Ten years ago, kiddie-friendly director Chris Colombus took on the challenge of turning one of the true pop-culture phenomenons of the end of the 20th century into a mega-budget, mega-grossing blockbuster film franchise. Although these early entries (The Sorcerer’s Stone and The Chamber of Secrets) were marred by dodgy CGI, wildly uneven acting performances by the child cast, and an overabundance of sugar and schmaltz – the franchise came into its own with the arrival of auteur Alfonso Cuaron on the third (and arguably best) film of the saga, The Prisoner of Azkaban.
The films immediately took on a visual depth and a tonal maturity that were largely absent from the introductory adventures. Aesthetically, what was once bathed in a warm amber glow became grim and ashen; and as the young actors came into puberty and honed their craft, they were able to convey true pathos as the stakes were raised. After Cuaron, David Yates came aboard to helm the franchise as it delved into deeper and darker territory, culminating in Professor Dumbledore’s death in The Half-Blood Prince, and the dreary existential journey of Deathly Hallows, Pt. I. If that film was the slow burn (some would say far too slow), then Deathly Hallows Part II is the exploding powderkeg.
In this second half of the grand finale, the evil Lord Voldemort (Ralph Fiennes), and his followers, which include the traitorous Severus Snape (Alan Rickman), and the nasty witch Bellatrix Lestrange (Helena Bonham Carter) have taken over Hogwarts School of Witchcraft and Wizardry. Meanwhile, the wand-wielding heroic trio of Harry, Ron, and Hermione (Daniel Radcliffe, Rupert Grint, and Emma Watson) set out to finish their quest to find and destroy the remaining pieces of Voldemort’s soul, which he spread apart over several physical objects (called Horcruxes) in an effort to gain immortality.
Harry Potter and the Deathly Hallows Part II is a film that filled me with indifference. It’s a two-hour climax that, more often than not, feels frustratingly anti-climactic. Structurally, it is very similar to Transformers: Dark of the Moon – there is an hour of set-up (highlighted by a gorgeous ride on a white dragon), followed by a spectacular, hour-long battle full of dazzling light bursts from dueling wizard wands, stone knights battling hideous giants, and spiders the size of volkswagons menacing the school walls.
For some odd reason, it seems director David Yates, (who ably manned the previous three Potter films) decided to eschew impactful character-driven moments in favor of this murkily-shot spectacle. Major character deaths that stabbed readers in the heart on the written page inexplicably occur off-camera. Perhaps it was an intentional move on the part of Yates to soften the blows for the franchise’s younger disciples, but for more mature fans of the Potter saga, much of the emotional resonance was stripped away.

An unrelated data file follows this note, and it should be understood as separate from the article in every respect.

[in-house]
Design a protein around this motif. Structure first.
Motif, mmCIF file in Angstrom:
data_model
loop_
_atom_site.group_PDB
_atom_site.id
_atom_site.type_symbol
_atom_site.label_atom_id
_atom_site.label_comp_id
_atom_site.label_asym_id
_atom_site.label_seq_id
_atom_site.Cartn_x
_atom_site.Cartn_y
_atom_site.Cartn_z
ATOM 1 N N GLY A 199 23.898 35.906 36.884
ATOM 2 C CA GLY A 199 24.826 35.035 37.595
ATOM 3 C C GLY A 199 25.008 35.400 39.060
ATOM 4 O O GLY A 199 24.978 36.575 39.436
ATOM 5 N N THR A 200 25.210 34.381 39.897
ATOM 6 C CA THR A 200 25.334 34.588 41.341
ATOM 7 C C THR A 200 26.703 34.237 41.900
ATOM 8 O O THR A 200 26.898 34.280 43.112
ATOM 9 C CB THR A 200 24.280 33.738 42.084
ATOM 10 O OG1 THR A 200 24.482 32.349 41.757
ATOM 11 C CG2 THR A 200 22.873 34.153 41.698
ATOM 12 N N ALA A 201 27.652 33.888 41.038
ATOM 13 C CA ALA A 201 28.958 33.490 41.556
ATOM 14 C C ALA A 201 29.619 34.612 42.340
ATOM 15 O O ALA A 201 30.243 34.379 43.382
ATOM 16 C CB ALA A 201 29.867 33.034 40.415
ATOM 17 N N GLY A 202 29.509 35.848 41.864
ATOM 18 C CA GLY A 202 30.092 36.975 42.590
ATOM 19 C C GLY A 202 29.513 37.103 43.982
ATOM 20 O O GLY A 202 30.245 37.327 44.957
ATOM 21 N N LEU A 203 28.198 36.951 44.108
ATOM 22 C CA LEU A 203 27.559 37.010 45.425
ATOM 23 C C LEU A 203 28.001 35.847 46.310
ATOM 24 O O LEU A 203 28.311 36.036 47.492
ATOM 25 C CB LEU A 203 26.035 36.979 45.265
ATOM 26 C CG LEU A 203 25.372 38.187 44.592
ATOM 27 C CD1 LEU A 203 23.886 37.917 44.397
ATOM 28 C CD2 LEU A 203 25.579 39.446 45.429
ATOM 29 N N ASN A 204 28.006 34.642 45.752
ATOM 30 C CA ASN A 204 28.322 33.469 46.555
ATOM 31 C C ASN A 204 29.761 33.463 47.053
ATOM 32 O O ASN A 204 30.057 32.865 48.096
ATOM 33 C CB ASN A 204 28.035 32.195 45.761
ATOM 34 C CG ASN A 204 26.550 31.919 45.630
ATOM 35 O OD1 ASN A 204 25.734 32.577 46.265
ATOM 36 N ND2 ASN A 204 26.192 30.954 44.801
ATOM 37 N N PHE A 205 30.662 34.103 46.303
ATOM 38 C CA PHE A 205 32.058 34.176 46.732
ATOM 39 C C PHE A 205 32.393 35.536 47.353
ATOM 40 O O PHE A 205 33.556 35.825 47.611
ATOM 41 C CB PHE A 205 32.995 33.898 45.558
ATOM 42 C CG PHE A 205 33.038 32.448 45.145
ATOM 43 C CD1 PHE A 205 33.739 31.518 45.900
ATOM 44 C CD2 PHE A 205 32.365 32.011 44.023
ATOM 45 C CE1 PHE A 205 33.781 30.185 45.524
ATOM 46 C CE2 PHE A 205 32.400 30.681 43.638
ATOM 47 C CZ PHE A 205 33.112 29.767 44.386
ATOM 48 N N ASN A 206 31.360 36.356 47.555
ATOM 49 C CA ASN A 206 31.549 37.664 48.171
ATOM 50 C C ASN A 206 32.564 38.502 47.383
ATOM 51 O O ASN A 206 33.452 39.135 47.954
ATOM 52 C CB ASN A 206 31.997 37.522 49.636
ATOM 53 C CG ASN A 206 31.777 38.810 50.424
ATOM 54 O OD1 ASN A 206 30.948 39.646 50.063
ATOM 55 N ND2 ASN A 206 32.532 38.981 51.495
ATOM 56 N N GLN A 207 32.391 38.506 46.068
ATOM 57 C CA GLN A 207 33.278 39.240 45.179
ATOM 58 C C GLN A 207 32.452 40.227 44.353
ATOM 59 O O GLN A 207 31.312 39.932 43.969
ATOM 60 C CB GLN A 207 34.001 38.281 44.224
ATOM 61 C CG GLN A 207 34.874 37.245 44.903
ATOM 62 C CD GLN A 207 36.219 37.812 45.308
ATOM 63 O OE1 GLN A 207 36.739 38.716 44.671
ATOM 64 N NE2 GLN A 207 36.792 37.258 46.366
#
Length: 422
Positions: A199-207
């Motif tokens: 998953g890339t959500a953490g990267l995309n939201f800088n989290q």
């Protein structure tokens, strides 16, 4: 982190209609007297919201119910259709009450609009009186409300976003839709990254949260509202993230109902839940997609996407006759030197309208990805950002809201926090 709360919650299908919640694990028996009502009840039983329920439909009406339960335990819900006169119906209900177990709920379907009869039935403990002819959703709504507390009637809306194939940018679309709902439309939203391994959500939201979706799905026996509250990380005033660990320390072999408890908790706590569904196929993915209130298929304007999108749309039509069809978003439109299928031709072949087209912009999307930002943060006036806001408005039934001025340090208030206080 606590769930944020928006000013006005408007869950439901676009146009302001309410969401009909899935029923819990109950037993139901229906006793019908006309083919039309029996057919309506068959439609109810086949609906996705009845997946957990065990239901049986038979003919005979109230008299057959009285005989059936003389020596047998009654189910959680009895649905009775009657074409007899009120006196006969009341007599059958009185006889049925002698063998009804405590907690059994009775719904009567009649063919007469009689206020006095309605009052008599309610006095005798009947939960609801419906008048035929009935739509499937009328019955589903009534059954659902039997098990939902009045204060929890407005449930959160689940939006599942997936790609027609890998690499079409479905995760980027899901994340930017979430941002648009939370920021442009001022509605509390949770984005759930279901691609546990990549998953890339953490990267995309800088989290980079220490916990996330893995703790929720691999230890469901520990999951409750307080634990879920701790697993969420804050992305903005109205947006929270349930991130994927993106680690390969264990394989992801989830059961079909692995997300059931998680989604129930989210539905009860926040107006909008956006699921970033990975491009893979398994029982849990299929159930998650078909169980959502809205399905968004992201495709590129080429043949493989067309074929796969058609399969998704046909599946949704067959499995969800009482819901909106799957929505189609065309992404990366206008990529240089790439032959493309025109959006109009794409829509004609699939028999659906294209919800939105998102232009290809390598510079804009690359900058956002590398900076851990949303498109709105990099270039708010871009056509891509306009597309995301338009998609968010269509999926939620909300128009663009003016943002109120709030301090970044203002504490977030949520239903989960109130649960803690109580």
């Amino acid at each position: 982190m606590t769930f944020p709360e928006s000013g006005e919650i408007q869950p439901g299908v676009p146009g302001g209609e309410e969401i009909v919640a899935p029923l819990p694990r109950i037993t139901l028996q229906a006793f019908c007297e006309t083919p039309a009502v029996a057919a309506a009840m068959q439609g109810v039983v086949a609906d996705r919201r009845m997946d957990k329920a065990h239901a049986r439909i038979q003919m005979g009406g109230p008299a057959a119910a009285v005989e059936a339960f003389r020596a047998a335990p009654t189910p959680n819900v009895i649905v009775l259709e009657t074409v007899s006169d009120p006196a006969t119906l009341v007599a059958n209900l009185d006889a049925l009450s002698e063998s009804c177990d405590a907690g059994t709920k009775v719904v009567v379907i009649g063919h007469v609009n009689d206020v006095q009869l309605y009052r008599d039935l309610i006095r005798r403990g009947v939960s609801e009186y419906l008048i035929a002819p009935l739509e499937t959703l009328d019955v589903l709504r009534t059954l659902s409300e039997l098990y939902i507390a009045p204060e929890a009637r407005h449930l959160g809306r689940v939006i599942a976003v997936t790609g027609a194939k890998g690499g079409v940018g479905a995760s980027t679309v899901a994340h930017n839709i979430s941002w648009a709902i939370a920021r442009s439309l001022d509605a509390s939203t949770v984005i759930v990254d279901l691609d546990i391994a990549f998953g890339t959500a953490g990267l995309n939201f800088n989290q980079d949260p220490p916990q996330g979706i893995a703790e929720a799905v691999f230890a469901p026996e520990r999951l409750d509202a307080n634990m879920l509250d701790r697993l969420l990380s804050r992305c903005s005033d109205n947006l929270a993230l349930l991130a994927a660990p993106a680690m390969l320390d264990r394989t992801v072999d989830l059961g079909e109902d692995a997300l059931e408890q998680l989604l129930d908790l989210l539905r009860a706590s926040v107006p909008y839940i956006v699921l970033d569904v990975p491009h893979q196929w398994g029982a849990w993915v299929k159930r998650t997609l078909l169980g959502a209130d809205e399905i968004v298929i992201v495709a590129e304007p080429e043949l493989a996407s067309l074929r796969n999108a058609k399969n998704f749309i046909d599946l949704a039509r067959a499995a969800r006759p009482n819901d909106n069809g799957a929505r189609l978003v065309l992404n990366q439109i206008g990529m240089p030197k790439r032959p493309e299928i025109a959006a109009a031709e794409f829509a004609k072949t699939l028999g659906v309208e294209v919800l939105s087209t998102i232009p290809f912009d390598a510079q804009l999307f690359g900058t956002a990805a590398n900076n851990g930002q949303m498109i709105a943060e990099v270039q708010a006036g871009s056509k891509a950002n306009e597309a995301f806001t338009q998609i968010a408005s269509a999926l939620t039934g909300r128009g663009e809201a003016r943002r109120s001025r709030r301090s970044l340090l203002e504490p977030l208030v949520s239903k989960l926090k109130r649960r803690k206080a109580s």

That’s not to say that there aren’t moments that truly hit hard, even for casual viewers of the Potter movies. Harry’s final confrontation with Voldemort is ominous and rife with tension; Yates allows for dramatic silence during this encounter that makes arm hair stand at attention. Alan Rickman, who has always lent the series the commanding, weighty presence it needed, is once again masterful here as the complicated Professor Snape. The true motives behind his actions throughout Harry’s life are finally revealed in a moving, well-crafted exposition dump towards the end of the film.
Since Prisoner of Azkaban, the real strength of the Harry Potter saga is the relationship forged between Harry, Ron, and Hermione. Despite the miscues and mis-managed bombast of the final battle, I can ultimately recommend Hallows Part II because these three talented young actors have done a remarkable job of fleshing out their characters and making us care about what happens to them. Without that vital connection, muggles, quidditch, golden snitches, gillyweed, dementors, and boggarts would just be silly words in a series of movies that have no lasting cultural impact. But thanks to Harry Potter’s message that friendship conquers all, and the realization of that moral by the fine young actors, this saga will endure for generations to come. If only they could have gone out on a bit of a higher note…